But the appeals court disagreed. There is “no clear error regarding the ‘more protective’ finding because a reduction in the actual number of incidental take, even if statistically insignificant, is still a logical basis for the finding that turtles would be more protected.”

More links

Hawaii longline fishing regs (fact sheet)

Opinion from the Ninth Circuit’s site

Some recent Earthjustice press releases

Grand Canyon Uranium Mining Ban Defended by Havasupai Tribe, Conservation Coalition  (3/13/2012)

Conservation Groups Support Swinomish Tribe Battle to Protect Skagit River and Salmon  (3/7/2012)

NAS: EPA Underestimated Number of Polluted Florida Streams, Lakes, Rivers and Springs in Florida  (3/6/2012)

Mar 142012
 

The press release is here  and audio of the teleconference with Deputy Secretary of the Interior David J. Hayes and Fish and Wildlife Service Director Dan Ashe is here.

The Advance Notice of Proposed Rulemaking can be accessed here.

Links

Landowner incentives page

Mar 142012
 

Photo by Gary Kramer/USFWS

The Ninth Circuit Court of Appeals has denied a challenge brought by the Center for Biological Diversity and other conservation groups to a congressional rider that effectively delisted Northern Rocky Mountain gray wolves.

“A three-judge panel rejected the conservation organizations’ argument that the rider is unconstitutional because it violates the separation-of-powers doctrine,” CBD said in a press release.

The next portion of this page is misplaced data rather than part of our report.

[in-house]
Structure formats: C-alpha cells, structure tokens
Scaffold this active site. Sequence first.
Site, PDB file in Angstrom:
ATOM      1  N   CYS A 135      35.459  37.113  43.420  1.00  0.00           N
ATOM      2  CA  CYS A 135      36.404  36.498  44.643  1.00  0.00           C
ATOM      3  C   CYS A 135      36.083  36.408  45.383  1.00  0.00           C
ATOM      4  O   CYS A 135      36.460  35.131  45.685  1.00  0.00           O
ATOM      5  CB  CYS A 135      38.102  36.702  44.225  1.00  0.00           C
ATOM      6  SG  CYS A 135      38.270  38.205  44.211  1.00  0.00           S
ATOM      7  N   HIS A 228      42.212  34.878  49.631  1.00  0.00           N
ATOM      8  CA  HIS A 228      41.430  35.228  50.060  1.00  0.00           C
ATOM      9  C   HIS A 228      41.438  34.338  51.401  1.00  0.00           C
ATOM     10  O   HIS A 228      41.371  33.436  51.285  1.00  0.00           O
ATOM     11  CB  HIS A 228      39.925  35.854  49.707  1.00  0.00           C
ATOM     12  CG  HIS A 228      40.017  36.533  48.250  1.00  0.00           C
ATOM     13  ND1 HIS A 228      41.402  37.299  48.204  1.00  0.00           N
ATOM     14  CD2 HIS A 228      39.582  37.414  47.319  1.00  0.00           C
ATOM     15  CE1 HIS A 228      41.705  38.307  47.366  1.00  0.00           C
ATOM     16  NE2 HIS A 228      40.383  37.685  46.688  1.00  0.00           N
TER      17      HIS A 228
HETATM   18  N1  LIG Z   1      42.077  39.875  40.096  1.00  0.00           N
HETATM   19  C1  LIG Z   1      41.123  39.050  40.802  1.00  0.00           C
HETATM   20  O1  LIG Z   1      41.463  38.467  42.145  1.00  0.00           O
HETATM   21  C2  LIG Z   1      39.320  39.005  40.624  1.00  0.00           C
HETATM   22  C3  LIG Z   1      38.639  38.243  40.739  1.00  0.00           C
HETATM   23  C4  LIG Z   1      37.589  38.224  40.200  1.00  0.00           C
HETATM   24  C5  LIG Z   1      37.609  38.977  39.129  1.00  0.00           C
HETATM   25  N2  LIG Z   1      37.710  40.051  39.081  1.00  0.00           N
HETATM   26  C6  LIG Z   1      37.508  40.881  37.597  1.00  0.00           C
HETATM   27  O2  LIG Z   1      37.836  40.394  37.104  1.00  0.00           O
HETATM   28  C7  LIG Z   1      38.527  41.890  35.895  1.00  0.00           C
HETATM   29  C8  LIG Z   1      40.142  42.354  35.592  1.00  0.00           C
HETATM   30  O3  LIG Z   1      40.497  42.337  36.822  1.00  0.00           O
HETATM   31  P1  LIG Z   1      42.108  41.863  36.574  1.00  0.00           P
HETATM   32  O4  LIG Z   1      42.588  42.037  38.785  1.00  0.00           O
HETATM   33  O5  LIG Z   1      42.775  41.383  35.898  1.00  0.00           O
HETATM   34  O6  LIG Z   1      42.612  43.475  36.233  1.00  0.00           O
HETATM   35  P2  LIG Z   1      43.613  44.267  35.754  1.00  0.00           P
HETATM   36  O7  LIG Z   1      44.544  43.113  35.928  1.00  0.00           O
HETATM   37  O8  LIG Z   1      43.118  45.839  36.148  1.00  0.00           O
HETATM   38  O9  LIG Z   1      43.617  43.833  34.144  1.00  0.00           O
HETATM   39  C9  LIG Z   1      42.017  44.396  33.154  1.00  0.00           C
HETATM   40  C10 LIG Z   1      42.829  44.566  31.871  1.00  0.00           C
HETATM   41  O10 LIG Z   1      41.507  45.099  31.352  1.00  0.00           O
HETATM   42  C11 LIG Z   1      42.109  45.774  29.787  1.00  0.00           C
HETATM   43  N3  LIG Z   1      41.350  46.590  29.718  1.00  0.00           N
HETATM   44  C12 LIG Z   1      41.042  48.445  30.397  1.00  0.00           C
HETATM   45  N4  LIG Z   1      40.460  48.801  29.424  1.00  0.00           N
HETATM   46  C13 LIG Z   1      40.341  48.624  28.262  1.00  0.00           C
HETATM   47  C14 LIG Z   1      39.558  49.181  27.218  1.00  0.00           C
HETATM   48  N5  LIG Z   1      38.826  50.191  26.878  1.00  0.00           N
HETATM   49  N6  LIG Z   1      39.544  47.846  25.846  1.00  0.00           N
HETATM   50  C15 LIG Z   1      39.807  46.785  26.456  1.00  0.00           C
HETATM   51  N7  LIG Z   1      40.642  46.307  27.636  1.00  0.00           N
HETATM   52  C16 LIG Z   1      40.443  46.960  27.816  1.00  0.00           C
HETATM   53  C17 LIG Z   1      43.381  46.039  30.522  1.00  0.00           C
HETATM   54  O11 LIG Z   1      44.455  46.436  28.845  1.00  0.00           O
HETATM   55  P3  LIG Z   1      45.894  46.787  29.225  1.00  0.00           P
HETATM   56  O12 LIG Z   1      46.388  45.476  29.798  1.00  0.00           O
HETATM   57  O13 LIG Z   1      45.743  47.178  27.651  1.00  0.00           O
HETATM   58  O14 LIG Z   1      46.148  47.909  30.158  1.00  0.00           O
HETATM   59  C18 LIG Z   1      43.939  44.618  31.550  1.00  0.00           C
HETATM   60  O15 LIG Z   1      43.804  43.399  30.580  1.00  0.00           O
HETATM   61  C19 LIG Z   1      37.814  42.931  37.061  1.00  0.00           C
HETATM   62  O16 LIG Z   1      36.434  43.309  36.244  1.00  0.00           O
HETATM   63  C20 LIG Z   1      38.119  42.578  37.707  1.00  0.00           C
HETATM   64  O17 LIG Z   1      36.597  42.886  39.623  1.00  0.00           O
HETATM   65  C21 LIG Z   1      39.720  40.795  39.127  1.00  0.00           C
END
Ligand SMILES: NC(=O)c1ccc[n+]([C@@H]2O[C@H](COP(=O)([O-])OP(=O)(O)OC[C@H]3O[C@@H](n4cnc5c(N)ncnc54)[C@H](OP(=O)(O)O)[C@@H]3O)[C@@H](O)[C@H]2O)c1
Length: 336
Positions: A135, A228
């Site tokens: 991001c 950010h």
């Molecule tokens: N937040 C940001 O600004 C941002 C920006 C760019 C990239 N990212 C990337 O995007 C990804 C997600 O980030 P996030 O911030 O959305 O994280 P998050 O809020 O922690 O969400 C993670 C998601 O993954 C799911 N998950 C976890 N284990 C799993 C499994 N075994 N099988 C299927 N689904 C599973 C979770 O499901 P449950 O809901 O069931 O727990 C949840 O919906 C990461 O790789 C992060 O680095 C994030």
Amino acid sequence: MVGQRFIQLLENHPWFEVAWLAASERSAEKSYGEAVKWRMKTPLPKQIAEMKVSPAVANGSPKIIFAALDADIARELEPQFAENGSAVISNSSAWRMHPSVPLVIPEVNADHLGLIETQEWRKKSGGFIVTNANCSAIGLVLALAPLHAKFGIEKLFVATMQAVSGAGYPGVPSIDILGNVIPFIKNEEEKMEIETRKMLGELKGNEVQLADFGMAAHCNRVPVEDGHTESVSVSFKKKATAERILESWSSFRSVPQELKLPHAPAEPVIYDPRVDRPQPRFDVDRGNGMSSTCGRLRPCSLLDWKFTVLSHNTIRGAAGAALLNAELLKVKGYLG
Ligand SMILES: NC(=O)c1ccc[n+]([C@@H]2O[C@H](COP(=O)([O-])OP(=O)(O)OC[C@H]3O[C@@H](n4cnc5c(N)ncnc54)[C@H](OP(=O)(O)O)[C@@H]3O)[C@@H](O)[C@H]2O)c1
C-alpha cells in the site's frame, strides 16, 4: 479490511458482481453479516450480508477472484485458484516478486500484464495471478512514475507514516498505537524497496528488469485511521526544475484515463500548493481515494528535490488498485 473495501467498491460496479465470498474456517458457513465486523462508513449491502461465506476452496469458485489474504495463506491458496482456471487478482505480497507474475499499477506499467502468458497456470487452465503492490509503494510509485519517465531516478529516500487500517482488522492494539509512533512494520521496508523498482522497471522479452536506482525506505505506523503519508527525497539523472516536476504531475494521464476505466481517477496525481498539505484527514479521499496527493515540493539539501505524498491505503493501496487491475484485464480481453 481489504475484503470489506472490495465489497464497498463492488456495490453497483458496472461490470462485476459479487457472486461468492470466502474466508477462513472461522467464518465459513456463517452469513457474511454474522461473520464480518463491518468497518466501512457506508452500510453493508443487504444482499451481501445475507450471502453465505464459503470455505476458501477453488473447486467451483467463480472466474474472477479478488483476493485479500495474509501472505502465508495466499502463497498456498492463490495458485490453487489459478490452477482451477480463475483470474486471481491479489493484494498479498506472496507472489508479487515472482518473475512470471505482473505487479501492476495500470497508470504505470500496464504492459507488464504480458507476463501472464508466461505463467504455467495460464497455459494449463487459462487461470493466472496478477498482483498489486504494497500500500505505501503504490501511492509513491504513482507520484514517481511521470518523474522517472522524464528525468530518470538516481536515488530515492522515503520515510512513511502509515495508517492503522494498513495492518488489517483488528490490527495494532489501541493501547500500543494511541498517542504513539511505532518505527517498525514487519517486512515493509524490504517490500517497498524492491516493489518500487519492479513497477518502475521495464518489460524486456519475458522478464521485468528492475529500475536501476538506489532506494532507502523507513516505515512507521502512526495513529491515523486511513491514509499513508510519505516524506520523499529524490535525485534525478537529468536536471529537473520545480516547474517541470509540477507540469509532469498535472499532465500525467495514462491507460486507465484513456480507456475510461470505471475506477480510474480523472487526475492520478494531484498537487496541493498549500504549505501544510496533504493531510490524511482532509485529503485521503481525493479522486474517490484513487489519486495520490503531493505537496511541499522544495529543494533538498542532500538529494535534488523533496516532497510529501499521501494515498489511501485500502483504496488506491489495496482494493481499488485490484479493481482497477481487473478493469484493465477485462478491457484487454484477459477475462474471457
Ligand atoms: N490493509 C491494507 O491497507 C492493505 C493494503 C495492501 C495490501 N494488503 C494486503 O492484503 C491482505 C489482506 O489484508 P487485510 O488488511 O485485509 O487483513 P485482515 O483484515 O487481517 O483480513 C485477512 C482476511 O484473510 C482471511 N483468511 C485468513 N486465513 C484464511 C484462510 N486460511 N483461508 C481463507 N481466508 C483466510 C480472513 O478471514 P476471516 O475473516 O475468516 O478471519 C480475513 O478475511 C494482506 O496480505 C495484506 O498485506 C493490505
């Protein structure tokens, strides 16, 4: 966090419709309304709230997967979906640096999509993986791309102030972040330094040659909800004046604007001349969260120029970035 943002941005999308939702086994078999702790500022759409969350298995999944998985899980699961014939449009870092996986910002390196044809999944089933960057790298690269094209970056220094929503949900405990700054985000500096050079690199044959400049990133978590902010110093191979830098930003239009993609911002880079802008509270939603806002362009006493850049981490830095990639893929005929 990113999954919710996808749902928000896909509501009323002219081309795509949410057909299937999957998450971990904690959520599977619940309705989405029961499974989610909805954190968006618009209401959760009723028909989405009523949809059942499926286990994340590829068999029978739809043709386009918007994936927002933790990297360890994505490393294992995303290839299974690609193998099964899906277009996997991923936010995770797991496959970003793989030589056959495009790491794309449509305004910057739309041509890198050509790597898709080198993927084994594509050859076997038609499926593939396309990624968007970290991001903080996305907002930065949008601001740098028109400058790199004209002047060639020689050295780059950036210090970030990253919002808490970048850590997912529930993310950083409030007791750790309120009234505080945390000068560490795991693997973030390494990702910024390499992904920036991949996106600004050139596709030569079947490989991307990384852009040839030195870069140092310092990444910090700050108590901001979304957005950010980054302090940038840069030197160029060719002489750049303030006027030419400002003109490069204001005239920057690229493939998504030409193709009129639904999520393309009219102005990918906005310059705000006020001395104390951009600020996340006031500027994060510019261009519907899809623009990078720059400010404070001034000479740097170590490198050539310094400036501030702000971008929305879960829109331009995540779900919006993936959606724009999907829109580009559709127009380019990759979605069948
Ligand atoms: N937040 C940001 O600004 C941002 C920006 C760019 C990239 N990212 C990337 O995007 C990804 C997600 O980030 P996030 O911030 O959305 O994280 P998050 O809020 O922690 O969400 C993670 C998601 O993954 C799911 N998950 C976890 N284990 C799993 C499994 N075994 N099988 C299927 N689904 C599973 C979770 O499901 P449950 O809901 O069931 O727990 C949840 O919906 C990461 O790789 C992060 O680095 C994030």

The panel included Circuit Judges Mary M. Schroeder, Stephen Reinhardt and Mary H. Murguia. Schroeder wrote the decision. Here is the court’s analysis and conclusion:

II. ANALYSIS

The cornerstones of plaintiffs’ separation of powers challenge were laid in the mid-19th century when the Supreme Court decided United States v. Klein, 80 U.S. 128 (1871) and Pennsylvania v. The Wheeling and Belmont Bridge Co., 59 U.S. 421 (1855).

In Klein, the Supreme Court struck down an act of Congress that dictated the result in pending litigation. The plaintiff in Klein sued the government for the proceeds of property sold during the Civil War. The suit was filed under a statute granting such a cause of action to noncombatant confederate landowners who could show proof of loyalty to the federal government. The Supreme Court, in an earlier case, had decided that receipt of a Presidential pardon was sufficient proof of “loyalty” under this law. The Court of Claims in Klein followed that decision and awarded recovery. While the government’s appeal was pending, Congress passed a statute providing that no pardon could be admitted as proof of loyalty to the federal government and that acceptance of a pardon, under most circumstances, was conclusive evidence of disloyalty. The statute thus directed the Supreme Court and the Court of Claims to find that a claimant who had accepted a Presidential pardon was in fact disloyal and, therefore, not entitled to land sale proceeds. The newly enacted statute further directed the Supreme Court to dismiss any case, for want of jurisdiction, if the claimant had prevailed upon proof of loyalty by Presidential pardon.

In striking down the statute, the Supreme Court in Klein explained that the effect of the new law was to deny jurisdiction to the Supreme Court and Court of Claims in pending cases “solely on the application of a rule of decision, in causes pending, prescribed by Congress.” Id. at 146. This, the Court held, Congress could not do: “It seems to us that this is not an exercise of the acknowledged power of Congress to make exceptions and prescribe regulations to the appellate power.” Id. Because Congress had “prescribe[d] a rule for the decision of a cause in a particular way,” Congress “passed the limit which separates the legislative from the judicial power,” and the provision was declared unconstitutional. Id. at 146-47.